Meet specialist sniffer dog Pip brought in to detect dry rot at historic Yorkshire home

A specialist sniffer hound has been brought in to detect dry rot at an historic home’s buildings ahead of ambitions for their restoration.

Rothound handler Isabel Mar pictured with her dog Pip at the Camellia House, at Wentworth Woodhouse, Rotherham. Picture by Simon Hulme

There are plans for buildings at Wentworth Woodhouse to be brought back into use, such as its former orangery, ostler's house, stables and riding school.

Few of those buildings have been open to the public before, and now there are hopes they could become cafes, wedding and event spaces, and craft workshops.

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Now a four-year-old sprocker spaniel called Pip is helping with the effort, sniffing out any dry rot to identify any issues ahead of the planned restoration.

Rothound handler Isabel Mar pictured with her dog Pip at the Camellia House, at Wentworth Woodhouse, Rotherham. Picture by Simon Hulme

Pip, who has been trained for 18 months to work as a ‘rothound’, is rewarded with affection and squeaky toys rather than food and is said to thoroughly enjoy her job.

"She can do in a day what would take a surveyor two or three days," said her handler Isabel Of Mar, 29, a specialist surveyor and conservator at Hutton and Rostron.

“Even then, surveyors can miss things. She sees it as a big game, she’s always excited to get started.”

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Rothound handler Isabel Mar pictured with her dog Pip at the Camellia House, at Wentworth Woodhouse, Rotherham. Picture by Simon Hulme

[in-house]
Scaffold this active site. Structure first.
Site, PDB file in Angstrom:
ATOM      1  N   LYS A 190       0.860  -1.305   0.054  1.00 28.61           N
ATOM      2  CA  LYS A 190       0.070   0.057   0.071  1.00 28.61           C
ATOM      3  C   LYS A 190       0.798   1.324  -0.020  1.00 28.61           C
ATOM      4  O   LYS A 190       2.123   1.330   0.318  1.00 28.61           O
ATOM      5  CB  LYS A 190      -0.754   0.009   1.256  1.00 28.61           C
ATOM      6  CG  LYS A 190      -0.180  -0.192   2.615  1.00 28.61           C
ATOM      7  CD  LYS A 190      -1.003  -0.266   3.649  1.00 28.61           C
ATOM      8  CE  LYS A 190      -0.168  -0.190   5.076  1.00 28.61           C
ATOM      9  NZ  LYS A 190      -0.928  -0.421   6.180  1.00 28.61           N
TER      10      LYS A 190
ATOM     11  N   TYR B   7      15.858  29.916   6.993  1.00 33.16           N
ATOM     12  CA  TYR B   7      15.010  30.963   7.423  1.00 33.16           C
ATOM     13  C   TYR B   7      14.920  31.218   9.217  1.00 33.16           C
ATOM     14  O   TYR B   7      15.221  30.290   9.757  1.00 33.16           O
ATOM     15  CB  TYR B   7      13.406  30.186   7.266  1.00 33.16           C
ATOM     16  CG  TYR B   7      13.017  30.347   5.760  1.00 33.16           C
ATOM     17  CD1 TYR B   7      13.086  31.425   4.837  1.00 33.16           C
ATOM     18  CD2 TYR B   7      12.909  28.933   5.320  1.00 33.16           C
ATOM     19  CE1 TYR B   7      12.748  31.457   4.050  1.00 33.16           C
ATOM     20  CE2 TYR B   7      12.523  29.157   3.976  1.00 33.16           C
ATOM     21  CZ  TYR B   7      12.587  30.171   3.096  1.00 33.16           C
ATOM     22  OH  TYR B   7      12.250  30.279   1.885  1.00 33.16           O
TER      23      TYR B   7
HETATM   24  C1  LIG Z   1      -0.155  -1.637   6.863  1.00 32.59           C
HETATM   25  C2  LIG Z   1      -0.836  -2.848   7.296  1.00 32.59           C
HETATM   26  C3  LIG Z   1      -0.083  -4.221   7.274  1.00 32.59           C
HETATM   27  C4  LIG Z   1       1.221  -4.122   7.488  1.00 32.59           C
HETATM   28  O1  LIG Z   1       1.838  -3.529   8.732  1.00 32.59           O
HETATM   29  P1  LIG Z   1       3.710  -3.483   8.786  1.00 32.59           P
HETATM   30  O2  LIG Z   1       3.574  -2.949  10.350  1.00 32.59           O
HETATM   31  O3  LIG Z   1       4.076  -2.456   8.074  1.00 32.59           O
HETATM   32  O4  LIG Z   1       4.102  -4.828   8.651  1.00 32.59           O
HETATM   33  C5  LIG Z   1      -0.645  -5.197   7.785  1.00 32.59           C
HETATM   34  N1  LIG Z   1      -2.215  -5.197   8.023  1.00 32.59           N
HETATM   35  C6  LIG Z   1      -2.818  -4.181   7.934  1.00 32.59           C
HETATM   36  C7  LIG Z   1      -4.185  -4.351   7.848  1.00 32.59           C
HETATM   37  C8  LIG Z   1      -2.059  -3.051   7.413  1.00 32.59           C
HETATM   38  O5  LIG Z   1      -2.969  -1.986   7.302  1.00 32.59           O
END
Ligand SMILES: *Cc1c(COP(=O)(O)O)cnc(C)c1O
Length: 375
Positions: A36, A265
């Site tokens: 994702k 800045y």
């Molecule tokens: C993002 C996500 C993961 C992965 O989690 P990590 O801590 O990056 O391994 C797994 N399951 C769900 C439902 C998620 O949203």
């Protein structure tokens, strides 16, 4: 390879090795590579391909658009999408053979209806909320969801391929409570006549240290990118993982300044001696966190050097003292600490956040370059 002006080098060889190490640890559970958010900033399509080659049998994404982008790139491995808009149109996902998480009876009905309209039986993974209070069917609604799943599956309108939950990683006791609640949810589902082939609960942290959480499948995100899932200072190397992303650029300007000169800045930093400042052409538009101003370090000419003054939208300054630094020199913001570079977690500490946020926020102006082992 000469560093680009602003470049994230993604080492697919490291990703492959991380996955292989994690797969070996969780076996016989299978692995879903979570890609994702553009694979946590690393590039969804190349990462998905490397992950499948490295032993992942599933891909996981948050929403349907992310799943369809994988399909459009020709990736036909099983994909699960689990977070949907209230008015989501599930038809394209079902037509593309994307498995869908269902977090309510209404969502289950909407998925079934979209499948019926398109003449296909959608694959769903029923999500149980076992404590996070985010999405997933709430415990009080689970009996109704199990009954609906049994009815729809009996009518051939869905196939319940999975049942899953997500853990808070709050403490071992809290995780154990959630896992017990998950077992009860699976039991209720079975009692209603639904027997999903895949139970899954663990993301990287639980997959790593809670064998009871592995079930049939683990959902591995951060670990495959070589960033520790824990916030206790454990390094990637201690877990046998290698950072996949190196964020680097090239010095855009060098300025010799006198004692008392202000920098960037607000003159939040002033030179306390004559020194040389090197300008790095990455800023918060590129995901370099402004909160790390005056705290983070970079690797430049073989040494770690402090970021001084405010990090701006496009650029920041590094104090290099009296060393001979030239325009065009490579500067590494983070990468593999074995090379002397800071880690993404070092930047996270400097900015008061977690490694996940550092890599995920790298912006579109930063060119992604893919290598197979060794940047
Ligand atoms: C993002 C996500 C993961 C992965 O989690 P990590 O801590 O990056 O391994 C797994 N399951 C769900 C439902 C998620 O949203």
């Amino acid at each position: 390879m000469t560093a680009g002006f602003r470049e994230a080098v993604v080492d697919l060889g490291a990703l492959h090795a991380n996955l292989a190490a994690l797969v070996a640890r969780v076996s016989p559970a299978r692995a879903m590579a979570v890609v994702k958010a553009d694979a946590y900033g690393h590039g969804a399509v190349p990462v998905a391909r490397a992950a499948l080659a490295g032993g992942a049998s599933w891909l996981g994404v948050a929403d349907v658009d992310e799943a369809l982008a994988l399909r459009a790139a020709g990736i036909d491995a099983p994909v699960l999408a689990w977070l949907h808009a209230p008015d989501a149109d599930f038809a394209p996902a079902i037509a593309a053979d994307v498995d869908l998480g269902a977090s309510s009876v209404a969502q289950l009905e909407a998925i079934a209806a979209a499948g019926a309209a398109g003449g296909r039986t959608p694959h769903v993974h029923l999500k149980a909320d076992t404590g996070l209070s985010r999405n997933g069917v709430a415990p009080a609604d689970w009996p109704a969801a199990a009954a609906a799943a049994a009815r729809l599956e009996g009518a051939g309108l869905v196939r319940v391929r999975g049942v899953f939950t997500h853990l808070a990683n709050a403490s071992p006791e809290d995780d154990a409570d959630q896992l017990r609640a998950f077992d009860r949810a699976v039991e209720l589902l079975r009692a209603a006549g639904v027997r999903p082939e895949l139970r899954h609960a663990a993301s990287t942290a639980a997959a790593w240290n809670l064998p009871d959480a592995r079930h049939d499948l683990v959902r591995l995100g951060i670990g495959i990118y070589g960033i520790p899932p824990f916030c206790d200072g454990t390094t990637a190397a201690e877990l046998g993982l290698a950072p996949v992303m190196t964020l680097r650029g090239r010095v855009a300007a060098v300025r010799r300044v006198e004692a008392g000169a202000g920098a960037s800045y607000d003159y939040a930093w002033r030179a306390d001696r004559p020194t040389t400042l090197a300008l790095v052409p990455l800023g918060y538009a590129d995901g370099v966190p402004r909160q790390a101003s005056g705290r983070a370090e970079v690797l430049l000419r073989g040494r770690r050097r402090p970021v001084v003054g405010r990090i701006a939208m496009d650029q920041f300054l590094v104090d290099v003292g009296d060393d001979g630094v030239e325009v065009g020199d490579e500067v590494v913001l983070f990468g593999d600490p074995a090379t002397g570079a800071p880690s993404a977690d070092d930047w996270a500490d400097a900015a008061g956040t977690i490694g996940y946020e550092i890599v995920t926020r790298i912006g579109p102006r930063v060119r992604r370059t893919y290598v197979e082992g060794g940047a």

Pip can sniff out issues which are undetectable to the human eye, and from behind closed panelling, meaning when she works there is no damage to buildings' historic fabric.

Sarah McLeod, chief executive of Wentworth Woodhouse Preservation Trust said: “She was a huge help in tracking down dry rot in four of the old and empty buildings we plan to develop.

"It was fascinating to see Pip and Isabel at work. There is a real bond of trust between them.”

Wentworth Woodhouse is one of the largest houses in Europe and was built between 1725 and 1750.

Rothound handler Isabel Mar pictured with her dog Pip at the Camellia House, at Wentworth Woodhouse, Rotherham. Picture by Simon Hulme

It's preservation trust has ambitions for the Camellia House, Ostler's House, Riding School and South Range of the Stables, to bring them back into use.

Ambitions

The Grade ll listed Camellia House, which in 1738 was an orangery and tea room for the first Marquess Lady Rockingham to entertain guests, is hoped to become a cafe and events venue.

It became home to camellias when the 2nd Marquess became one of the earliest English collectors of the rare blooms being brought from China and Japan in Georgian times.

Though now a shell, the building still houses some of the oldest and rarest camellias in the Western world, and the trust hopes for them to have pride of place in the new cafe.

The Riding School is earmarked as a major conference and events space, the South Range of the Stables for retail, events and cafe spaces and the Ostler’s House as overnight guest accommodation.

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